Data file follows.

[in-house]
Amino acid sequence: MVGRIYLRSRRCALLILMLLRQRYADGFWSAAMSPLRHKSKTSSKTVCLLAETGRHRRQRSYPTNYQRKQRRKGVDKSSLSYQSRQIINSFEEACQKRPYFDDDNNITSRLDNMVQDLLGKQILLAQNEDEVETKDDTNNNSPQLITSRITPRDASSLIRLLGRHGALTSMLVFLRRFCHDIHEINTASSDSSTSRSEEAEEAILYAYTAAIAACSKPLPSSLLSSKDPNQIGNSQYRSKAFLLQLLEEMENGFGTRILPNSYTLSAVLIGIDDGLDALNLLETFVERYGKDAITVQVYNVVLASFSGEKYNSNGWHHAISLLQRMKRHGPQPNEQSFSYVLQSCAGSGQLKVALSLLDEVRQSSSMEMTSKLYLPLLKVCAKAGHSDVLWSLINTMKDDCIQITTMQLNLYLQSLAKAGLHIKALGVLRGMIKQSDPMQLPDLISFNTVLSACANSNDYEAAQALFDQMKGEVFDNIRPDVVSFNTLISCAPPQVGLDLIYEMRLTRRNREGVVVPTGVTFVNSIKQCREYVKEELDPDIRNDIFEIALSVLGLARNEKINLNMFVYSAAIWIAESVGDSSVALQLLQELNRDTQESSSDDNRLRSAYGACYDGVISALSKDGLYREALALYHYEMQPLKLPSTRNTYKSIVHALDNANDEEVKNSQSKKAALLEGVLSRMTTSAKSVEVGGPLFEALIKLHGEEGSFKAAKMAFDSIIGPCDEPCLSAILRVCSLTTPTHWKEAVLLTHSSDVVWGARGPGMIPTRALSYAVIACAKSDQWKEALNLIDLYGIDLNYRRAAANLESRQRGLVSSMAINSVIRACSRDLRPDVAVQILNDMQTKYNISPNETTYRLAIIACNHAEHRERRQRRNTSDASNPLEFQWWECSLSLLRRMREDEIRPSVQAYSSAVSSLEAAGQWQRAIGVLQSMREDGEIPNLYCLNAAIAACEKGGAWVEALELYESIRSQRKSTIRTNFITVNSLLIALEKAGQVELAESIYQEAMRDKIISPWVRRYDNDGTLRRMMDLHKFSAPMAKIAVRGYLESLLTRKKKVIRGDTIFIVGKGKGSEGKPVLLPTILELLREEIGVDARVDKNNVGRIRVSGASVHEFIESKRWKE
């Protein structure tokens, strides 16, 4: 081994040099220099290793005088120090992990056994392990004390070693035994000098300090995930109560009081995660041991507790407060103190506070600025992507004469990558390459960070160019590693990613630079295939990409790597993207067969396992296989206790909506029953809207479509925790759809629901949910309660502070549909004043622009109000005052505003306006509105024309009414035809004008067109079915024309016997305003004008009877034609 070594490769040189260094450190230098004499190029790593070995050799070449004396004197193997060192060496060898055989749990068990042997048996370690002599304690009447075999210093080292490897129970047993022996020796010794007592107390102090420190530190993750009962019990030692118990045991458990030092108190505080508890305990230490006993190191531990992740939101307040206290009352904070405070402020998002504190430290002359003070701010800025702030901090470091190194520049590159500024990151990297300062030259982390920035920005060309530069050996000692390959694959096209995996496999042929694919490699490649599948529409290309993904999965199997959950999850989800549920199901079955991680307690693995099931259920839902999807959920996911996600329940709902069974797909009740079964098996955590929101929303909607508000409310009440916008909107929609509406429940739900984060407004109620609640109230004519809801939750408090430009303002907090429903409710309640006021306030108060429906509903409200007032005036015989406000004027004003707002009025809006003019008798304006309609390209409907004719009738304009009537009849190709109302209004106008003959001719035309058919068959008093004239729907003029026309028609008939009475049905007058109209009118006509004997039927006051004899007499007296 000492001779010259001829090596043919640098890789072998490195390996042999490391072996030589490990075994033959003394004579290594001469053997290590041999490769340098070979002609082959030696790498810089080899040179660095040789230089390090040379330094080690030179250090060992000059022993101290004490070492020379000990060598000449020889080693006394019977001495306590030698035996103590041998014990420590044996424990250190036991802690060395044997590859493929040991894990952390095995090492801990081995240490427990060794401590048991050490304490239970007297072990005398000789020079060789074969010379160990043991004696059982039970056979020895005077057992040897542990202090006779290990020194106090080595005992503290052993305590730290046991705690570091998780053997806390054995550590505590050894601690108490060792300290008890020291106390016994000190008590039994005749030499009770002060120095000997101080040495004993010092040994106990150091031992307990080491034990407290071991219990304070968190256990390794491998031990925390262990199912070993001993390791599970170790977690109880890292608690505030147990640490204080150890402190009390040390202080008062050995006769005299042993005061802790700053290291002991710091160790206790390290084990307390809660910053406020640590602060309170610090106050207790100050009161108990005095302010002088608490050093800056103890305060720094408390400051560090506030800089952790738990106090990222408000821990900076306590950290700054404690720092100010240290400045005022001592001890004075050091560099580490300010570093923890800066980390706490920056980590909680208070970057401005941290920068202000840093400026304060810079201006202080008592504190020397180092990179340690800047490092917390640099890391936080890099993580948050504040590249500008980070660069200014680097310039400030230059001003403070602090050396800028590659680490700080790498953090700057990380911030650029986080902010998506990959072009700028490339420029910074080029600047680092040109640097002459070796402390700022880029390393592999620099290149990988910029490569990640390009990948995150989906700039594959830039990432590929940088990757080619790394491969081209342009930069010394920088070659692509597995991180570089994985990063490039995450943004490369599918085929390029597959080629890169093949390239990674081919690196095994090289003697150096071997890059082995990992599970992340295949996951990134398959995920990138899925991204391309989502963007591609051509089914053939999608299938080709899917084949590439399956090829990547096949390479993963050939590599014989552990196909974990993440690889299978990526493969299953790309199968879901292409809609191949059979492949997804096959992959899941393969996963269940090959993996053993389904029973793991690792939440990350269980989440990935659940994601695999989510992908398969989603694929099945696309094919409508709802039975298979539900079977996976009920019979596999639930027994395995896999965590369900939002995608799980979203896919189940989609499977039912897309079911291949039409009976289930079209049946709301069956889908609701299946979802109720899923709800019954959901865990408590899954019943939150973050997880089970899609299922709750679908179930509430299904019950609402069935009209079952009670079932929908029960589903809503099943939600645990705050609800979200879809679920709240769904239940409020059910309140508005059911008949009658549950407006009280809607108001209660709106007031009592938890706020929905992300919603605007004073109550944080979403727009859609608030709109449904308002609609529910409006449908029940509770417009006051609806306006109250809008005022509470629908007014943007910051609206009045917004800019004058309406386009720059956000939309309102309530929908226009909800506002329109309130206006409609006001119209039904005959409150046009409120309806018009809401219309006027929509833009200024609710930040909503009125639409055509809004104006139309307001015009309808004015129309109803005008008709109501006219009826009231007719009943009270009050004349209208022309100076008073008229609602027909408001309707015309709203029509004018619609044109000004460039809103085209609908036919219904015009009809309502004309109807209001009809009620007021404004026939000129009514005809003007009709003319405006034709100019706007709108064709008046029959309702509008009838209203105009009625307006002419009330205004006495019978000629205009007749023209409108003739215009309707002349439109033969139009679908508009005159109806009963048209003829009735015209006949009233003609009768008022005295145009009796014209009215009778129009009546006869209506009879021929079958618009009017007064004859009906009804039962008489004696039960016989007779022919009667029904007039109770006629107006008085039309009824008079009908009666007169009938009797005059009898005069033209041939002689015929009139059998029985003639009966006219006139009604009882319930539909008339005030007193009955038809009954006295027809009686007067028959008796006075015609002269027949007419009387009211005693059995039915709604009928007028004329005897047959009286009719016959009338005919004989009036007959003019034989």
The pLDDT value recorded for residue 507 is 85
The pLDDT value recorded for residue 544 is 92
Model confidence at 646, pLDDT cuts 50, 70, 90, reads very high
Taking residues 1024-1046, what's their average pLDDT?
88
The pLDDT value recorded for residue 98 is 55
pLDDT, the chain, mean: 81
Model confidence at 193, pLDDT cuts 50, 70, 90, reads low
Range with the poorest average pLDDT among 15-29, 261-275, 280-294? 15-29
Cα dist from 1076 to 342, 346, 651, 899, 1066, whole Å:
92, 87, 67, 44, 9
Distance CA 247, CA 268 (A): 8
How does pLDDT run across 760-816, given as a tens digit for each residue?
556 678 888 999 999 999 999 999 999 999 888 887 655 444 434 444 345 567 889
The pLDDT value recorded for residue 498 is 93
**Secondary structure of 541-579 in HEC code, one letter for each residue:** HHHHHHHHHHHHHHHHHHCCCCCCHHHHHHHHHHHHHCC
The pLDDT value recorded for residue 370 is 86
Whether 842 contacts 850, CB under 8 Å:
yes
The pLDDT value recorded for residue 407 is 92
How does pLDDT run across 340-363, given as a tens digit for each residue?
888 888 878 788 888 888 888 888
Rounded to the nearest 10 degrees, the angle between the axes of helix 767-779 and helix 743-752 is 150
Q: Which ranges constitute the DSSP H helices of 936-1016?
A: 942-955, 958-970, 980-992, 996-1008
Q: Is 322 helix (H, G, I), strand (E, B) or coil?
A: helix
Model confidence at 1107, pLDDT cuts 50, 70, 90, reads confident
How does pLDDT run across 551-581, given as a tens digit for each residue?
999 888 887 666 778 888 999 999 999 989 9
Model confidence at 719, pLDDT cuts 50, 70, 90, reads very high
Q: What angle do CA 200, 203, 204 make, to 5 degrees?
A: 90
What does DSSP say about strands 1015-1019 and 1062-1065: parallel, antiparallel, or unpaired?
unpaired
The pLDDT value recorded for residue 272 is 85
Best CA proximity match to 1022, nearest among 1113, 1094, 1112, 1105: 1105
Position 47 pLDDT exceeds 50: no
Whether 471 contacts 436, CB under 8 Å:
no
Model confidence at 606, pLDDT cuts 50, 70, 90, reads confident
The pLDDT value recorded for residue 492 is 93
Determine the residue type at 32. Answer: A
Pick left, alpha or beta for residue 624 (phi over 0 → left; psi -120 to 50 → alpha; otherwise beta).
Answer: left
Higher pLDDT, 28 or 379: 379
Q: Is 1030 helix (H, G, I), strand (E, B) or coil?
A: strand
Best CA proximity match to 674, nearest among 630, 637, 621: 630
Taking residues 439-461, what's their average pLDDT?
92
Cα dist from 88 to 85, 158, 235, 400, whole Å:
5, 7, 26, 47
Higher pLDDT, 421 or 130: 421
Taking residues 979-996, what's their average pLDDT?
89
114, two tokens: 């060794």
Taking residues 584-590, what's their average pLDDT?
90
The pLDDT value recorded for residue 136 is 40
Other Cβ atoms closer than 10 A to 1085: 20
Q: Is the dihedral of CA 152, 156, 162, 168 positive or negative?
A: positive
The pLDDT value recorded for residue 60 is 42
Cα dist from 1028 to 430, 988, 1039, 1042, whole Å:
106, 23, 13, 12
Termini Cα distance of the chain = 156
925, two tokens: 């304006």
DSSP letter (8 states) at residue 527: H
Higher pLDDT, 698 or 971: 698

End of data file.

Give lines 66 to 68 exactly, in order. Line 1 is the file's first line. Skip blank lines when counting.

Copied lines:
A: positive
The pLDDT value recorded for residue 60 is 42
Cα dist from 1028 to 430, 988, 1039, 1042, whole Å: